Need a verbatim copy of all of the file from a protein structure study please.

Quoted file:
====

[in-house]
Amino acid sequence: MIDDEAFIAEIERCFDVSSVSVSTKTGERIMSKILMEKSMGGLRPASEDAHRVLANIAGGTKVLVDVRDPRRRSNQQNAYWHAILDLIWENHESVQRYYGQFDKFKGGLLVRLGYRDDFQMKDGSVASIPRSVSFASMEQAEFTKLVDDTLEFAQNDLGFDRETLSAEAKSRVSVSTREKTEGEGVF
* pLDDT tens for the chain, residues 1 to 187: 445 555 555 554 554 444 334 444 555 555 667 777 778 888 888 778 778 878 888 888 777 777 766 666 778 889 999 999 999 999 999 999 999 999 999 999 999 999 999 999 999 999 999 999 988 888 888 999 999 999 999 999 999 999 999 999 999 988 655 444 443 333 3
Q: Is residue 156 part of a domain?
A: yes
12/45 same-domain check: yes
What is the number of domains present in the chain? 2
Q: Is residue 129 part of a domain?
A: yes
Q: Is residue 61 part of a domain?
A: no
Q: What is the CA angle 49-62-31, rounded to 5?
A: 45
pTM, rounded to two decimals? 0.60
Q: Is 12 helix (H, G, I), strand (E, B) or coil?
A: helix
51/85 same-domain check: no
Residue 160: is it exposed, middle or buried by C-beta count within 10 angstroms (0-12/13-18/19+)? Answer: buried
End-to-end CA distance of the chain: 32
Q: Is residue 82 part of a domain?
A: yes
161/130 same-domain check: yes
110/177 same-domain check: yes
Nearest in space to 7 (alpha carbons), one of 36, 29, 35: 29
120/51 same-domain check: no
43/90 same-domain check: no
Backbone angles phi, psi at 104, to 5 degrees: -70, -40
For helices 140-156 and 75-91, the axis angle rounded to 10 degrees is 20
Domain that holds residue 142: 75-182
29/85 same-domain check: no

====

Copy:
[in-house]
Amino acid sequence: MIDDEAFIAEIERCFDVSSVSVSTKTGERIMSKILMEKSMGGLRPASEDAHRVLANIAGGTKVLVDVRDPRRRSNQQNAYWHAILDLIWENHESVQRYYGQFDKFKGGLLVRLGYRDDFQMKDGSVASIPRSVSFASMEQAEFTKLVDDTLEFAQNDLGFDRETLSAEAKSRVSVSTREKTEGEGVF
* pLDDT tens for the chain, residues 1 to 187: 445 555 555 554 554 444 334 444 555 555 667 777 778 888 888 778 778 878 888 888 777 777 766 666 778 889 999 999 999 999 999 999 999 999 999 999 999 999 999 999 999 999 999 999 988 888 888 999 999 999 999 999 999 999 999 999 999 988 655 444 443 333 3
Q: Is residue 156 part of a domain?
A: yes
12/45 same-domain check: yes
What is the number of domains present in the chain? 2
Q: Is residue 129 part of a domain?
A: yes
Q: Is residue 61 part of a domain?
A: no
Q: What is the CA angle 49-62-31, rounded to 5?
A: 45
pTM, rounded to two decimals? 0.60
Q: Is 12 helix (H, G, I), strand (E, B) or coil?
A: helix
51/85 same-domain check: no
Residue 160: is it exposed, middle or buried by C-beta count within 10 angstroms (0-12/13-18/19+)? Answer: buried
End-to-end CA distance of the chain: 32
Q: Is residue 82 part of a domain?
A: yes
161/130 same-domain check: yes
110/177 same-domain check: yes
Nearest in space to 7 (alpha carbons), one of 36, 29, 35: 29
120/51 same-domain check: no
43/90 same-domain check: no
Backbone angles phi, psi at 104, to 5 degrees: -70, -40
For helices 140-156 and 75-91, the axis angle rounded to 10 degrees is 20
Domain that holds residue 142: 75-182
29/85 same-domain check: no